Licentiate thesis 2005-002

Hardware-Software Tradeoffs in Shared-Memory Implementations

Håkan Zeffer

May 2005


Shared-memory architectures represent a class of parallel computer systems commonly used in the commercial and technical market. While shared-memory servers typically come in a large variety of configurations and sizes, the advance in semiconductor technology have set the trend towards multiple cores per die and multiple threads per core.

Software-based distributed shared-memory proposals were given much attention in the 90s. But their promise of short time to market and low cost could not make up for their unstable performance. Hence, these systems seldom made it to the market. However, with the trend towards chip multiprocessors, multiple hardware threads per core and increased cost of connecting multiple chips together to form large-scale machines, software coherence in one form or another might be a good intra-chip coherence solution.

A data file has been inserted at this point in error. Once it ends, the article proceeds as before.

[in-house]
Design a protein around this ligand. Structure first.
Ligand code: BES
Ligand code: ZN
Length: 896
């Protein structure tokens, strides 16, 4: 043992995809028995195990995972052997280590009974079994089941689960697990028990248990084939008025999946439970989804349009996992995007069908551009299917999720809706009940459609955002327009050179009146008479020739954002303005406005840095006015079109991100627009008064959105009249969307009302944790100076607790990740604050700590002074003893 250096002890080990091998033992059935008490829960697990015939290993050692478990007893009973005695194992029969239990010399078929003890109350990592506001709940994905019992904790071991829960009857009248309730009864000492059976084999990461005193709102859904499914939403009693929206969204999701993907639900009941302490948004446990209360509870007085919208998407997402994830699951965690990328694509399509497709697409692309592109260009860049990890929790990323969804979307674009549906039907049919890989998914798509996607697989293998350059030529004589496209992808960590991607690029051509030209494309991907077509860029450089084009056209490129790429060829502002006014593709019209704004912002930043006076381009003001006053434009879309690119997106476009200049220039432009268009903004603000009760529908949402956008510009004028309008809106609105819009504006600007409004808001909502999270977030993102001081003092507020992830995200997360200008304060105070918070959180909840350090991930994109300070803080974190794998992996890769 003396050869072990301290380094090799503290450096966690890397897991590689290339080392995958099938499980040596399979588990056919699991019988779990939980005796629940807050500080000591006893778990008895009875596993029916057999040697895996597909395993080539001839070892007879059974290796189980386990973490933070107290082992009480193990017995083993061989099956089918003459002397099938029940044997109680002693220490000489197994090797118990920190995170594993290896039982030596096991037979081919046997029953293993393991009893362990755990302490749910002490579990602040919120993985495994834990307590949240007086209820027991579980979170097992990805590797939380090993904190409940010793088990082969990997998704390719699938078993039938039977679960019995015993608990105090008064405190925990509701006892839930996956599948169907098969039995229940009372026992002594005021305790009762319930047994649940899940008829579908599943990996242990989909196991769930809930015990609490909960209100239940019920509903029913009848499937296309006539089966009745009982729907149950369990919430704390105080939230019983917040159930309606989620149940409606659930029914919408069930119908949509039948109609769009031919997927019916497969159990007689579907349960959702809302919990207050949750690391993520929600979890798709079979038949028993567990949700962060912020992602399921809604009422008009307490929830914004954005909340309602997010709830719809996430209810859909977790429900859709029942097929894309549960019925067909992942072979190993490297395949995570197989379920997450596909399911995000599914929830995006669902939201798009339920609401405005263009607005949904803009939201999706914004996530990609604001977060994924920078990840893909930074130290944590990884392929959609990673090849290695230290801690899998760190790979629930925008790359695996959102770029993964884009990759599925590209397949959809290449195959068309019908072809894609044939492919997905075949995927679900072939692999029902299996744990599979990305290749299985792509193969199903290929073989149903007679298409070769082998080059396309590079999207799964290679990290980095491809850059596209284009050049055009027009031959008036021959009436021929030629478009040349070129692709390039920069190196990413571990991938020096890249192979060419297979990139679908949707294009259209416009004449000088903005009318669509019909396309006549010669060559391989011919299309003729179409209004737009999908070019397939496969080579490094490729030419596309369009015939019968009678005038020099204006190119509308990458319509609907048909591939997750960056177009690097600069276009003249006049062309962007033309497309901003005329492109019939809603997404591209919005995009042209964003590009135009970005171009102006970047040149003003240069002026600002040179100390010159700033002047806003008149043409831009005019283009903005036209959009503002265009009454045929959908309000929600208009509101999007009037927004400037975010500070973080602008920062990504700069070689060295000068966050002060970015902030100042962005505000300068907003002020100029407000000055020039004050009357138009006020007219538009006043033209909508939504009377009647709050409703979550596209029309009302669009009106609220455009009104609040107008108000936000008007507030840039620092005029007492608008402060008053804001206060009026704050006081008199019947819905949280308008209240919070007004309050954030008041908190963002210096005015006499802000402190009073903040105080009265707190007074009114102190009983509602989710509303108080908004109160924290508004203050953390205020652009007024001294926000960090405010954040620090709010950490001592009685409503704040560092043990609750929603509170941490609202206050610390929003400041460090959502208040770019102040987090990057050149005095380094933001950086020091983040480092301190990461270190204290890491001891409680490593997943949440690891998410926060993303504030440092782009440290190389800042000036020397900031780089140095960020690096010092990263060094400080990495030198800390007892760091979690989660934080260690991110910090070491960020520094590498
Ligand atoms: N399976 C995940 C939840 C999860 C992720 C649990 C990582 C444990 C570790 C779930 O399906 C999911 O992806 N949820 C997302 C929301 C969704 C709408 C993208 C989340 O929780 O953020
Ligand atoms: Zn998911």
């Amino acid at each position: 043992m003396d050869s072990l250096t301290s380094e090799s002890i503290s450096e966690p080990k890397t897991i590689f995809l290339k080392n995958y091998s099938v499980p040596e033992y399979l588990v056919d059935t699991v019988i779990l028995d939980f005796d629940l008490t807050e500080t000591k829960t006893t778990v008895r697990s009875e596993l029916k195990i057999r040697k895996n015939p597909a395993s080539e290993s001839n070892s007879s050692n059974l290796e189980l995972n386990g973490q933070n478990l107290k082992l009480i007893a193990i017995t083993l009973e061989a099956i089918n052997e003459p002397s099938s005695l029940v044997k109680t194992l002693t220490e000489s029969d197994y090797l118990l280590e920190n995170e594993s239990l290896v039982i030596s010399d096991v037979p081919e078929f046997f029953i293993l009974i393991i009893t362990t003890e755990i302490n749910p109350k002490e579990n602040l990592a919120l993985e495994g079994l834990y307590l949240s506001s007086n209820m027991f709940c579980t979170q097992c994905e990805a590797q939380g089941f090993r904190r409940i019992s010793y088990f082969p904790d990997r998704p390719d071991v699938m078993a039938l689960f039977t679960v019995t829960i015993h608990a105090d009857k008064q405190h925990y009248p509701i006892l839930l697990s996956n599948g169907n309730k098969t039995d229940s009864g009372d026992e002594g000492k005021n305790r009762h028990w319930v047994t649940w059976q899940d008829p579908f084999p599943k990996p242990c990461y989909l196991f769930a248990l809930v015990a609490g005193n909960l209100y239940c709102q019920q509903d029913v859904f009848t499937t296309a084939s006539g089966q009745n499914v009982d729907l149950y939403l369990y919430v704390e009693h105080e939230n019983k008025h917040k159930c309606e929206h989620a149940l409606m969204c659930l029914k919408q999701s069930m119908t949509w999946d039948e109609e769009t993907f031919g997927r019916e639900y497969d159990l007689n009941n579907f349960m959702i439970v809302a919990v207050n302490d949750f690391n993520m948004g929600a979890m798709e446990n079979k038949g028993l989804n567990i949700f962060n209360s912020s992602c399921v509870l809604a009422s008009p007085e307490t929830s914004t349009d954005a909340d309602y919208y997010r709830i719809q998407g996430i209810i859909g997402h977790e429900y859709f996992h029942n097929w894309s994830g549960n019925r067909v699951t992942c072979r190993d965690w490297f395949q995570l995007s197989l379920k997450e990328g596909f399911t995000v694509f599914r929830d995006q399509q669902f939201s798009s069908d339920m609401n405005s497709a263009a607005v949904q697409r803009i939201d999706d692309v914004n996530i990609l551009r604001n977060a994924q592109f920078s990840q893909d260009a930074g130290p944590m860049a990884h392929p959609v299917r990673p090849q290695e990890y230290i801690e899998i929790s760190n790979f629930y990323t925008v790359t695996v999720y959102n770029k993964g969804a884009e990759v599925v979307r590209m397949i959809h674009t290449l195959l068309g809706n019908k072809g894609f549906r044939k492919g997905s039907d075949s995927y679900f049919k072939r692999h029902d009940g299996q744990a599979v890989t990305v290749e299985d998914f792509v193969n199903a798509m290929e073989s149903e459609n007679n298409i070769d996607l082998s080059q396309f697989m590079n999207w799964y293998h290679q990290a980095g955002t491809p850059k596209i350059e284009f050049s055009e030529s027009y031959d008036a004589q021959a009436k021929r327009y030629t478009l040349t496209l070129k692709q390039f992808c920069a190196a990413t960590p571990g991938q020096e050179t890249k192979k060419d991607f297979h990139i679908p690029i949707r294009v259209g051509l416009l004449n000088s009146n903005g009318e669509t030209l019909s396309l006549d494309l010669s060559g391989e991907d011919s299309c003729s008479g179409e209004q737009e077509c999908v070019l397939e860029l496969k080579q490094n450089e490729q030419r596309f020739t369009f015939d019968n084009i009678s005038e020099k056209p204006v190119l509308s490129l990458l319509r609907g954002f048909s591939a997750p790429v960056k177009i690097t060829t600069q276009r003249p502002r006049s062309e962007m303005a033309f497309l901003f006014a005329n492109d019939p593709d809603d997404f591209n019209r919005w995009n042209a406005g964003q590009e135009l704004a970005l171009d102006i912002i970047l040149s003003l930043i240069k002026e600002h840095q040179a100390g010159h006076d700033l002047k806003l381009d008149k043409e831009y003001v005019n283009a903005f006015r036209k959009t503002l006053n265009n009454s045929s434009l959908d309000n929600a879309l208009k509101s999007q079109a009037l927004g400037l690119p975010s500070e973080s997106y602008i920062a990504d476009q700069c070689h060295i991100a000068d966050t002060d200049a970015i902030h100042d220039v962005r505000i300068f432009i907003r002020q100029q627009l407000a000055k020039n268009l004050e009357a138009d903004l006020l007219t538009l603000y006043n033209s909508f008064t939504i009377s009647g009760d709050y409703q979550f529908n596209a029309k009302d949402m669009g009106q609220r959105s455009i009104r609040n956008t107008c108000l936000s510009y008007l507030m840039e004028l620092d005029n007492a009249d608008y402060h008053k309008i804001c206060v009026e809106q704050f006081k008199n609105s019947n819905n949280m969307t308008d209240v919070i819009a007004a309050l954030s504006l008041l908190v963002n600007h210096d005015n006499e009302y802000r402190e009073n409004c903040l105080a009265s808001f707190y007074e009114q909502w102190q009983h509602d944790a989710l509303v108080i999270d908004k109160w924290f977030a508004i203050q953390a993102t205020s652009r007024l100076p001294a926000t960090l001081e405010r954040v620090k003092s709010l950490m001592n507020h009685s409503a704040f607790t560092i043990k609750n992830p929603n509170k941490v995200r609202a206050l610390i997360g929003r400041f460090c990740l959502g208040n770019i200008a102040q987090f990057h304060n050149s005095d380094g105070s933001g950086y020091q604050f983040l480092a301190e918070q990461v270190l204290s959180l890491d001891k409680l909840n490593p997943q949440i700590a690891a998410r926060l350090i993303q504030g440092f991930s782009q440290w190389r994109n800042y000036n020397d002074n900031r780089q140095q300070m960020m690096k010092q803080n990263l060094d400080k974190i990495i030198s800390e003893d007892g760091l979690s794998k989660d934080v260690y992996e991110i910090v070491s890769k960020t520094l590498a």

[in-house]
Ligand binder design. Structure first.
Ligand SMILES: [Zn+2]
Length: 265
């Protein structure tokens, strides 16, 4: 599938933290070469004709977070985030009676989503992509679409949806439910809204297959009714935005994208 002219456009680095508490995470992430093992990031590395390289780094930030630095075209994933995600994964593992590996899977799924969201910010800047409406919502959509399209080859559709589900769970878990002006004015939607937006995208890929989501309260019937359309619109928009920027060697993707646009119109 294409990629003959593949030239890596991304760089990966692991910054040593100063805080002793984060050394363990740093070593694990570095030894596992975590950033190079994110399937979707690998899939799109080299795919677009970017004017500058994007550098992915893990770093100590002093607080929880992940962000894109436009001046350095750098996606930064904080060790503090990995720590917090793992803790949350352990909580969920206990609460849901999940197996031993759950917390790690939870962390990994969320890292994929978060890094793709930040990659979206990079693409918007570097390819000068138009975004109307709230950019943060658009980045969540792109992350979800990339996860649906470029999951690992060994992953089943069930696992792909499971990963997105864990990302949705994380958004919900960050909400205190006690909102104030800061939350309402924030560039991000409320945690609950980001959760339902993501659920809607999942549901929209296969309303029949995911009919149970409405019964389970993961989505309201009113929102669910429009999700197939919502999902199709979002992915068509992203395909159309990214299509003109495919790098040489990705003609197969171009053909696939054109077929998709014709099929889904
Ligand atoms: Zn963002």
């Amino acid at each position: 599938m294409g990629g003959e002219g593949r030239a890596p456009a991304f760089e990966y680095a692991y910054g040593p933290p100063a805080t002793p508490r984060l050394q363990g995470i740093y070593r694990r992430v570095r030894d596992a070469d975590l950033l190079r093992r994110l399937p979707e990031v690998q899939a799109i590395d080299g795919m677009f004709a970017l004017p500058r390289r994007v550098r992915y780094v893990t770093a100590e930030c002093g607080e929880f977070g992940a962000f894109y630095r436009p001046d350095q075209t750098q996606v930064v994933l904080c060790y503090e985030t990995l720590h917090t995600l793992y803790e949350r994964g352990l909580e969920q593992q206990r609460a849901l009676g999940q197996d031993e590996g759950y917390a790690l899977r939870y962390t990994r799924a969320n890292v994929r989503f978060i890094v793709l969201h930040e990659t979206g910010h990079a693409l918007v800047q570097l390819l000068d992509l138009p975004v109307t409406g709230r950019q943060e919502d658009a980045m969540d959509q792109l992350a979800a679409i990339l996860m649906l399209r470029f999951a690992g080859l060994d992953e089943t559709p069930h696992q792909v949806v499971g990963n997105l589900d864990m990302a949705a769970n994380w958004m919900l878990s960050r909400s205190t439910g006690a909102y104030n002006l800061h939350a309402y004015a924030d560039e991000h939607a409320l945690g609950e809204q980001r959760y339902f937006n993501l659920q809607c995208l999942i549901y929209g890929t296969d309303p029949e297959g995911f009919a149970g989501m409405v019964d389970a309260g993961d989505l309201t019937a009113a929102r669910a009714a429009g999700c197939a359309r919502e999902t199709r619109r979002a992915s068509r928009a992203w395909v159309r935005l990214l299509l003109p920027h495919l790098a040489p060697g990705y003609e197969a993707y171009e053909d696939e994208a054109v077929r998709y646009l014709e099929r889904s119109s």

This thesis shows that data locality, software flexibility and minimal processor support for read and write coherence traps can offer good performance, while removing the hard limit of scalability. Our aggressive fine-grained software-only distributed shared-memory system exploits key application properties, such as locality and sharing patterns, to outperform a hardware-only machine on some benchmarks. On average, the software system is 11 percent slower than the hardware system when run on identical node and interconnect hardware. A detailed full-system simulation study of dual core CMPs, with multiple hardware threads per core and minimal processor support for coherence traps is on average one percent slower than its hardware-only counter part when some flexibility is taken into account. Finally, a functional full-system simulation study of an adaptive coherence-batching scheme shows that the number of coherence misses can be reduced with up to 60 percent and bandwidth consumption reduced with up to 22 percent for both commercial and scientific applications.

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